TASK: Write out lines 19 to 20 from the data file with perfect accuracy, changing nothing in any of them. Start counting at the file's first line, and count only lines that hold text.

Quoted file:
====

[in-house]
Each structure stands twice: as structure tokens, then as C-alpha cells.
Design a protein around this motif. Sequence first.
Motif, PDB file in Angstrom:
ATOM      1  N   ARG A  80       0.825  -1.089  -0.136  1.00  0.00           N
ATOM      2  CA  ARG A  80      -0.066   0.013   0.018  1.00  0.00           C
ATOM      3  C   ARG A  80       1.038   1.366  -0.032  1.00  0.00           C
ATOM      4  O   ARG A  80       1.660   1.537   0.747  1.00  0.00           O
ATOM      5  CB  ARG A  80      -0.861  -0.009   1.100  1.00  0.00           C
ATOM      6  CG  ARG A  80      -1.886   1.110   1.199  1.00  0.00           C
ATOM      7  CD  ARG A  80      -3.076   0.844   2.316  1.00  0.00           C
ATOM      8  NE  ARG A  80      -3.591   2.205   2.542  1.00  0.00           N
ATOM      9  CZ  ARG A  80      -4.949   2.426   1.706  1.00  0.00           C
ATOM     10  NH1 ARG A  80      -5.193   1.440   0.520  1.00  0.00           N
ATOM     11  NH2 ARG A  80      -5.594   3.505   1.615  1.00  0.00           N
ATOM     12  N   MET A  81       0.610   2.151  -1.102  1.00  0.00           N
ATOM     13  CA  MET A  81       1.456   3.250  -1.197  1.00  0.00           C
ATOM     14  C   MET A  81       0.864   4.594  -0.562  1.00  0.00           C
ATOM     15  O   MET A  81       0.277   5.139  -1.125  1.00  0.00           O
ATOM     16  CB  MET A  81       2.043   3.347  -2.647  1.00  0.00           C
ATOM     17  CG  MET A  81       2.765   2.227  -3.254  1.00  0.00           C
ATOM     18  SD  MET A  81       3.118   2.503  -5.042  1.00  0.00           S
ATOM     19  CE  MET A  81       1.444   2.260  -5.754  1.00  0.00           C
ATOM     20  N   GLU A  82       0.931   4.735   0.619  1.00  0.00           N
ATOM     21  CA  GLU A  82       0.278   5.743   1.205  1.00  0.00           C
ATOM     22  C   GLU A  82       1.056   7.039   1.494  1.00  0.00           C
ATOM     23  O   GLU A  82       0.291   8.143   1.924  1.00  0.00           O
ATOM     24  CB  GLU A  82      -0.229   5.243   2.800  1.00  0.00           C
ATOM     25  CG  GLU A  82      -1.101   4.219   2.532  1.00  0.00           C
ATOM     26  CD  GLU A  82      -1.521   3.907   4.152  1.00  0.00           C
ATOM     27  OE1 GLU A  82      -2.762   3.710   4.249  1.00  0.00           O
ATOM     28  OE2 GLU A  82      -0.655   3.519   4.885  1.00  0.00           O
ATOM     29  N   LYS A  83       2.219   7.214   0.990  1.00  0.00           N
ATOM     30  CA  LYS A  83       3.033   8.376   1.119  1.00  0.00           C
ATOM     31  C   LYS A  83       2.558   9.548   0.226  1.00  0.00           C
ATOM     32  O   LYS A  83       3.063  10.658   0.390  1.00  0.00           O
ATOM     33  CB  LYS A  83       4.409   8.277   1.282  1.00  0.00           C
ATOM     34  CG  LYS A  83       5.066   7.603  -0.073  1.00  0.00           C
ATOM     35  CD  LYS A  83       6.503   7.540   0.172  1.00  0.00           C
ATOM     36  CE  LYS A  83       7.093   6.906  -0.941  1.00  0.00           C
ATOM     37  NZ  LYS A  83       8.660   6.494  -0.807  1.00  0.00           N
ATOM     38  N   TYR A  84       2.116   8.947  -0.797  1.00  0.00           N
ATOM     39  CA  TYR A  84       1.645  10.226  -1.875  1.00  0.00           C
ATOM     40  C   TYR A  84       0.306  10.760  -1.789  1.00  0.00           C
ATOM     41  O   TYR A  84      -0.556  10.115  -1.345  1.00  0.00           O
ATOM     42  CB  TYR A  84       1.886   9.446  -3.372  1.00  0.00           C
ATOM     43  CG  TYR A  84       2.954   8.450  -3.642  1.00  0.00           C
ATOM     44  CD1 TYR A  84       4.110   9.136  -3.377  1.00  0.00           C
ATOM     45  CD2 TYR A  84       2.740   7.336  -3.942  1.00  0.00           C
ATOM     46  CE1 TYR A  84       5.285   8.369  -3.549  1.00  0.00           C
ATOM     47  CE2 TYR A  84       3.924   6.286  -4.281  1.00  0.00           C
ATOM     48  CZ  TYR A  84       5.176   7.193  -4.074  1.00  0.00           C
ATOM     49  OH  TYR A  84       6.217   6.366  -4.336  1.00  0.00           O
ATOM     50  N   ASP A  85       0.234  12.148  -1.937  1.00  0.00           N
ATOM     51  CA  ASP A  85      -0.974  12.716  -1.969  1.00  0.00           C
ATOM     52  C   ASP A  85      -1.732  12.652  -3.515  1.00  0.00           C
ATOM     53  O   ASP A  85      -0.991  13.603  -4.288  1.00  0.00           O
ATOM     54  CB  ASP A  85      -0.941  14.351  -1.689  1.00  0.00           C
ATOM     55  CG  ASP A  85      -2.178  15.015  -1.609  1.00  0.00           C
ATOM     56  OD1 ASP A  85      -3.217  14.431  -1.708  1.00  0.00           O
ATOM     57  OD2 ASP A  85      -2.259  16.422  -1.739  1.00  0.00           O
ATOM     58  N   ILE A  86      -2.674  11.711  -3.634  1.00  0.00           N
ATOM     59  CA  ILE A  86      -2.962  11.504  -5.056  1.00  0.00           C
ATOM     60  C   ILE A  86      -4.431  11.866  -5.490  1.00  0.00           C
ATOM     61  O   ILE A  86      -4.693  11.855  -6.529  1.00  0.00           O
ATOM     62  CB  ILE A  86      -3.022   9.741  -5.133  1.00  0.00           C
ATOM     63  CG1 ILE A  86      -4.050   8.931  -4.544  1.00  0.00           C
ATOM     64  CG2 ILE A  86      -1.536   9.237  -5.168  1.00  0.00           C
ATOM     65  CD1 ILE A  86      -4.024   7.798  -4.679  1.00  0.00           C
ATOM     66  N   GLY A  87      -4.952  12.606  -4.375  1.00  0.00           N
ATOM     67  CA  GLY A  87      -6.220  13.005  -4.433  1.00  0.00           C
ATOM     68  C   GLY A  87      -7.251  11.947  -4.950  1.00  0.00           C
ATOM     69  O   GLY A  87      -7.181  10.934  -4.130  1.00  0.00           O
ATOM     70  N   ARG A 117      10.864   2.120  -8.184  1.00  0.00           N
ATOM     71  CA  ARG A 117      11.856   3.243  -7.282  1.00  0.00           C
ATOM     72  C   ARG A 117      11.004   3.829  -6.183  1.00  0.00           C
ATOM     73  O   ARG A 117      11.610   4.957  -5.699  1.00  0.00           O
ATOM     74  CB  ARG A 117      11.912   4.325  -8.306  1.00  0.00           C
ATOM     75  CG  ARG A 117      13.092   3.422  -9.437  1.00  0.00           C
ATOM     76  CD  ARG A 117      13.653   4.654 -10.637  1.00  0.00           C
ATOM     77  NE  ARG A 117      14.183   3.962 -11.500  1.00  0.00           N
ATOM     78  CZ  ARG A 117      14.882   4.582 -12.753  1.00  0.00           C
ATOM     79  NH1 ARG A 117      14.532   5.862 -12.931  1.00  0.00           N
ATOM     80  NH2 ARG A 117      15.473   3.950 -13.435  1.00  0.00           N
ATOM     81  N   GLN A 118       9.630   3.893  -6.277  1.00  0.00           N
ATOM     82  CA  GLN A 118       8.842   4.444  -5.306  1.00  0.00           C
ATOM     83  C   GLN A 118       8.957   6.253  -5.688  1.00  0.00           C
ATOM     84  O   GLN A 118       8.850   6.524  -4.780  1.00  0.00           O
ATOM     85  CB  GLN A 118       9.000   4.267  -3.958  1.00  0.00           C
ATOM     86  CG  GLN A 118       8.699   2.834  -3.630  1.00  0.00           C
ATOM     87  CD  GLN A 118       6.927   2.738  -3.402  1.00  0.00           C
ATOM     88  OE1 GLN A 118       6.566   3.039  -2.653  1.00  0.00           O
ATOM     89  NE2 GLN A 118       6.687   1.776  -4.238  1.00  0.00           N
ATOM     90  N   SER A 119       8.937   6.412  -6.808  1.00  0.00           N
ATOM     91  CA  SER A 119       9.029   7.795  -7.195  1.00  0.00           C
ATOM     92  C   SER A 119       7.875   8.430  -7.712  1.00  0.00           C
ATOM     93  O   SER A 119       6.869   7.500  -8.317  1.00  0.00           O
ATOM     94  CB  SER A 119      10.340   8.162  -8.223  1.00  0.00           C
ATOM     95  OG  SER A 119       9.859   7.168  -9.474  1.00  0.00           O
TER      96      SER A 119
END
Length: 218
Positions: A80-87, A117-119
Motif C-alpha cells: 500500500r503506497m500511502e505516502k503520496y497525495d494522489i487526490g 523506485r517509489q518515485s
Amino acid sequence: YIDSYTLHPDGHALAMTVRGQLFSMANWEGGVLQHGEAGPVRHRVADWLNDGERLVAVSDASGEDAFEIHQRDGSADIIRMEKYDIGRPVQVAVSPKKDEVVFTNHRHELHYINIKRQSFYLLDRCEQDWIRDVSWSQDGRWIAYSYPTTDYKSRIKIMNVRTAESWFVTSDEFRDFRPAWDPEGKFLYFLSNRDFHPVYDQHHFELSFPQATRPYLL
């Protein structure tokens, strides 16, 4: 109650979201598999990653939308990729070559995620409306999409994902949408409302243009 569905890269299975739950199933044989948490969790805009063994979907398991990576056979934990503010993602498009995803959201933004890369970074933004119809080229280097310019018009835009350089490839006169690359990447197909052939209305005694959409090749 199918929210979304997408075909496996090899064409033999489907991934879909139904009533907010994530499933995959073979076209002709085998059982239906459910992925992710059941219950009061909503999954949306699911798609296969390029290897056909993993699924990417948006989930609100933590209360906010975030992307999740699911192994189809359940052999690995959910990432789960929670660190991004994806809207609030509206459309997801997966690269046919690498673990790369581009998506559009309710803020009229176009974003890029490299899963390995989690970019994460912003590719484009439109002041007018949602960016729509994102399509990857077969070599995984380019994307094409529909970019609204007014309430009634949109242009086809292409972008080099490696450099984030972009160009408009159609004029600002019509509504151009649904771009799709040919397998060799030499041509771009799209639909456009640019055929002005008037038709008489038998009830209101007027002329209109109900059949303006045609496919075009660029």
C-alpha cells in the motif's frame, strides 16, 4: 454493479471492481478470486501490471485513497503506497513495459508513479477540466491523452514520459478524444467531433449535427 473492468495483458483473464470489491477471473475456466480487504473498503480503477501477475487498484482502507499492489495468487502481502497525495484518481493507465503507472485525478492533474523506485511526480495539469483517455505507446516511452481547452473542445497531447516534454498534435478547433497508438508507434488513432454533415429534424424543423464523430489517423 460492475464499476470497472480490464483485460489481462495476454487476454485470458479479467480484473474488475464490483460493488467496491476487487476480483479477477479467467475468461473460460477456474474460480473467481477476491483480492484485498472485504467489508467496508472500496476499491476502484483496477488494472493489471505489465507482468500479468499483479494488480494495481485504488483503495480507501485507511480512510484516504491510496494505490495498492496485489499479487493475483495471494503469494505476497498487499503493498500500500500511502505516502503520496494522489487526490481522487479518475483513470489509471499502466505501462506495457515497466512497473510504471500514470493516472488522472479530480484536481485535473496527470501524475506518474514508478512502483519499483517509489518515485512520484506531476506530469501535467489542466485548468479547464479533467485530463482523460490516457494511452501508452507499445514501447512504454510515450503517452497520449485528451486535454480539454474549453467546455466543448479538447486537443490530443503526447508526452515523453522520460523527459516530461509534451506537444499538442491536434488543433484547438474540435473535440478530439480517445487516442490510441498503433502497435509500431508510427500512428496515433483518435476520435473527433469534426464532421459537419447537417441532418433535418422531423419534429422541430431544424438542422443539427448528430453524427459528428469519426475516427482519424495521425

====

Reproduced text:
ATOM     15  O   MET A  81       0.277   5.139  -1.125  1.00  0.00           O
ATOM     16  CB  MET A  81       2.043   3.347  -2.647  1.00  0.00           C